In an instant the mood in the room changed. In unison 20 people stood up and began furiously cleaning. I tried to join in, being the appreciative guest that I am, but it seems each person had a specific task and I was getting in the way more than helping mostly. Within less than what I estimate to be 90 seconds, the floor was cleared, food removed, tables emptied and guests scattered in every direction. It became clear to me that this party was over - and not a moment too soon since I had a date with my toilet that my stomach was not going to wait much longer for. I picked my moment, afraid this was an elaborate ruse to get me to a secondary party location where I simply would not survive, and headed out through the door that I had come in only a few hours earlier.
As I opened the door there was a large Indian family that I recognized from other days at the hotel. They immediately rushed towards me and asked "what is going on?" they worriedly inquired. As I processed this somewhat strange question, and their follow up, I noticed that the front of the hotel was seemingly swarming with Vietnamese police officers - each one looking more serious than the one next to him. "What happened, the police are here" the Indian family inquired again with an increasingly worried tone. Everything began to make sense in that moment and I laughed and explained that there was a party...another hotel regular asked me "were you at the party?" with a surprised tone. Apparently, as I have learned, being invited into a Vietnamese party is a rare occurrence - which I suspect is mostly because Western sissies like me die of alcohol poisoning with a 50% ratio when at them.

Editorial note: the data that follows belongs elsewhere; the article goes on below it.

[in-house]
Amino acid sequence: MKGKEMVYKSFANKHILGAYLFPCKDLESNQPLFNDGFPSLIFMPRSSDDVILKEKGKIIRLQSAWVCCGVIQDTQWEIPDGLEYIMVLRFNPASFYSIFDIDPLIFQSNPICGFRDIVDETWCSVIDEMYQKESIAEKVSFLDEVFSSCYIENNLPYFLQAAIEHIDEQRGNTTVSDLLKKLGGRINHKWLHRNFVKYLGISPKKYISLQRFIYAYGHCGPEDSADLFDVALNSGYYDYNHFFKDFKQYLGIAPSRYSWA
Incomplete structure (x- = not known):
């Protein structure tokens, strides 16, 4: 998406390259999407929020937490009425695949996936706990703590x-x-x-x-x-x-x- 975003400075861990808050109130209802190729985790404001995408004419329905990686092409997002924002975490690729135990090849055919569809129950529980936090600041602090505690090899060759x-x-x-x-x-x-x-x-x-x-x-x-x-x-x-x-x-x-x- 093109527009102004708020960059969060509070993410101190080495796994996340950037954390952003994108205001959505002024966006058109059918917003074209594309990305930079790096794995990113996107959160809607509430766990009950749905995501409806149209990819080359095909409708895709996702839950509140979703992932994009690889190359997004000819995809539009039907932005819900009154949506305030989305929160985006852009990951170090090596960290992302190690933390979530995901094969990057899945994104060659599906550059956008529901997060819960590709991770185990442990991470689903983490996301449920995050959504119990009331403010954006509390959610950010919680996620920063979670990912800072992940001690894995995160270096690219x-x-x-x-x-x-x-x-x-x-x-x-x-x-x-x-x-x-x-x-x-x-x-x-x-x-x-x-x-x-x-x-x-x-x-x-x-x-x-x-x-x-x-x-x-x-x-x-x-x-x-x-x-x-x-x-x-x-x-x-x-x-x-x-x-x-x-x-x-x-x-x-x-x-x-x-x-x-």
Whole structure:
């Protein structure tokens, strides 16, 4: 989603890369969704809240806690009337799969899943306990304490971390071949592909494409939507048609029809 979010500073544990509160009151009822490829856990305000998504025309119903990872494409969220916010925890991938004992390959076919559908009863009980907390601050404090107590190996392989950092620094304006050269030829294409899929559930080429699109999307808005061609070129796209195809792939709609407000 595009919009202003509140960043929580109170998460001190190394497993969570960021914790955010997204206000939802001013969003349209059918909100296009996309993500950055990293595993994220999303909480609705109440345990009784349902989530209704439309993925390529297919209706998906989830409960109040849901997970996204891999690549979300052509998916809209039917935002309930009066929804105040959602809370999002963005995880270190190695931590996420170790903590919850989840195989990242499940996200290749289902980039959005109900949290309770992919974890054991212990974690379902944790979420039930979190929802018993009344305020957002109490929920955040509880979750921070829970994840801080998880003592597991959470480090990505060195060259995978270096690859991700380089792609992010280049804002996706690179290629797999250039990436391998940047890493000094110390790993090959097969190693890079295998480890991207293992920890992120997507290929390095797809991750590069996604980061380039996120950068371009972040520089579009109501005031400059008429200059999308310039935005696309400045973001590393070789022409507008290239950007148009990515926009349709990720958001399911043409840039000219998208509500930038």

So now I have a new appreciation for what it means to have a good time - you have simply not lived until you have been to a party that gets shut down by the Vietnamese police. I retired to my room with a 55 gallon drum of water and a new sense of accomplishment. Mot, Hai, Ba, Yo.